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3.82  ·  Rating details ·  180 Ratings  ·  14 Reviews
On 4 November 2052 Fremder Gorm is found drifting in space a few megaklicks off Badu, a planet in the Fourth Galaxy. He is the only survivor from Clever Daughter, a battered old tanker. Why did Fremder survive?
Paperback, 184 pages
Published 2003 by Bloomsbury (first published 1996)
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MJ Nicholls
Jan 23, 2014 rated it liked it  ·  review of another edition
Shelves: novels, merkins
This is a straight-up SF piece, filtered through the logoleptic marvellousness of Russell Hoban’s usual style, and staggers around like a drunken novel in search of a less excitable and distracted author. Hoban serves up a dozen SF concepts and words per page (and drops most of them after) and slings literary quotations around like a cashier in a burger bar who has cracked and decides to bring the capitalist empire crashing to its knees by nuking the restaurant in a million squashed cow remnants ...more
Jun 13, 2015 rated it really liked it
Existentialist science fiction, with a funny touch and a bit of Old Testament philosophizing. Which doesn't really describe the book very well, since it's really about a lost man discovering small truths about his strange and broken family.
Mar 06, 2013 rated it liked it
I can't decide whether this is a work of visionary genius, or a virtually incoherent shambles.
Terry Mark
Jan 21, 2018 rated it really liked it
It was a sad day when I finished this book as I knew I'd read all his other novels and there wouldn't be any others to come. But this was typical Hoban, bonkers and very imaginative with a few chuckles on the way. On the back of this book there is a quote from The Sunday Times ' Mr Hoban is unclassifiable, thank goodness. He is an original, imaginative and inventive' how true that is.
Martin Willoughby
Sep 05, 2018 rated it did not like it
This is what happens when people tell you how wonderful you are and then publish the resulting rubbish.
Nigel McFarlane
Oct 11, 2016 rated it liked it
Shelves: science-fiction
Weird, fragmented, lonely and melancholy. More than a passing resemblance to Philip K Dick. Not sure if my rating does it justice: I suspect it has depths which I have totally failed to appreciate.
Shane Malone
Feb 01, 2016 rated it it was amazing
"Holding on to the world is mostly an act of faith: you see a little bit of it in front of you and you believe in the rest of it both in time and space."

Russell Hoban's Fremder uses the imaginative technology of "flickering" to explore existential experiences of both an everyday relatable nature and the extremes of the horrific.

You don't so much as read as you tumble through the first half as Hoban recreates the disorientating nature of Fremder's somewhat schizophrenic experiences. The language
Gary Murning
Jun 28, 2010 rated it it was amazing
Not my usual kind of read. Whilst Hoban is not, I believe, generally known as a science fiction writer, this novel does have science fiction overtones. I would not, however, describe it as a science fiction novel -- more a literary novel using science fiction motifs to cleverly and entertainingly explore the nature of "being".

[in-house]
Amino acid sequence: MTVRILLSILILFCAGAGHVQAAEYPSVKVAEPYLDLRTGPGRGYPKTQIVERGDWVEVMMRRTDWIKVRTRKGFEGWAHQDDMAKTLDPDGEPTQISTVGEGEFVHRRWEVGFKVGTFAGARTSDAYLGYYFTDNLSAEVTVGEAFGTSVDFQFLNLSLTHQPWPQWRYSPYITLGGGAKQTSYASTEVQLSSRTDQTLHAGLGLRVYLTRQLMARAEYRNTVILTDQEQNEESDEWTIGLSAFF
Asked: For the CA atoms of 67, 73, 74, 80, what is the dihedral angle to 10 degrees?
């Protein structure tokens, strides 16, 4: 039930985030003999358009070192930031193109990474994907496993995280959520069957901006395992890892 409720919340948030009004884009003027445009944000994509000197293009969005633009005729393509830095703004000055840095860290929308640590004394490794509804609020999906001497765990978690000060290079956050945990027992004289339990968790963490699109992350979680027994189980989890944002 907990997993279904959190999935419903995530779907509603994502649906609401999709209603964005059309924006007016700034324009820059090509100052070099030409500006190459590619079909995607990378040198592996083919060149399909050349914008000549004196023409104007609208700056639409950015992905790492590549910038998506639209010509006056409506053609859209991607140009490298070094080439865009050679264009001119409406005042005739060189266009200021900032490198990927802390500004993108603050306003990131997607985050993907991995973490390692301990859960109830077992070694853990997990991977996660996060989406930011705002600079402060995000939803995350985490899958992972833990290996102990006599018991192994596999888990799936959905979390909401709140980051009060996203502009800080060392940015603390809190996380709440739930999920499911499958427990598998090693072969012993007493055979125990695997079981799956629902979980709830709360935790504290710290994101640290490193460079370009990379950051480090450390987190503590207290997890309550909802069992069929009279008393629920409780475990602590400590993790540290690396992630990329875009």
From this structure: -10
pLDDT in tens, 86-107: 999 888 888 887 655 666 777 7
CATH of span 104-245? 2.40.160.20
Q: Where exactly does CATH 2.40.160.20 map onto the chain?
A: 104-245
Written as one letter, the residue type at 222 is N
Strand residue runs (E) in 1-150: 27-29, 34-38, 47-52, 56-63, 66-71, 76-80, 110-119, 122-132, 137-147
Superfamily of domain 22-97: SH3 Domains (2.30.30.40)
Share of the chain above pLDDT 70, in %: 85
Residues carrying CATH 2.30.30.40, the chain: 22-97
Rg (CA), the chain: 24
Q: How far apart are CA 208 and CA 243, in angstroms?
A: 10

Completely believable narrator and a clever, disturbing and often witty plot.
Vinton Bayne
Mar 06, 2014 rated it really liked it
Shelves: suggested-to-me
I sped through the first few chapters, not really trying to grasp much. The story jumped a lot or should I reference the story and say 'flickered', which means it was probably on purpose that the author structured it that way.

I soon found myself very interested in the story and where it was going. It created environment very well. The story exercises your imagination and pulls your senses along. Very submersing.

Oct 29, 2015 rated it liked it
Shelves: bookclub
I just did not understand the first 30% of this at all! Which considering it is a short book, is a bit of a shame. It picked up after that, when I figured out a sort of plot and some characters. I think I'd like to read it again. Reminded me of a less funny, less coherent, more science-y Douglas Adams. Which is alright.
Justin Howe
Jul 07, 2010 rated it it was amazing
A science fiction novel where the spaceships are powered by Existentialism, Beat poetry, and the Old Testament (in particular the Book of Kings). Fragments a bit at the end, but I loved it. Mythic, comic, and full of wonderful prose, it's also short, only 190 pages.
Apr 01, 2013 rated it liked it
A very odd and disquieting science fiction novel.
Feb 07, 2013 rated it really liked it
Shelves: 2013
I need to re-read this.
Andrew Plasom-Scott
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Jul 30, 2011
Dave Clipson
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Feb 08, 2013
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Andrew Thomas
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Matthew Hancock
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Mar 19, 2016
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Apr 19, 2012
rated it it was ok
Oct 10, 2018
Claire Wong
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Feb 10, 2013
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Jun 06, 2011
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Apr 25, 2014
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Russell Conwell Hoban was an American expatriate writer. His works span many genres, including fantasy, science fiction, mainstream fiction, magical realism, poetry, and children's books. He lived in London, England, from 1969 until his death. (Wikipedia)
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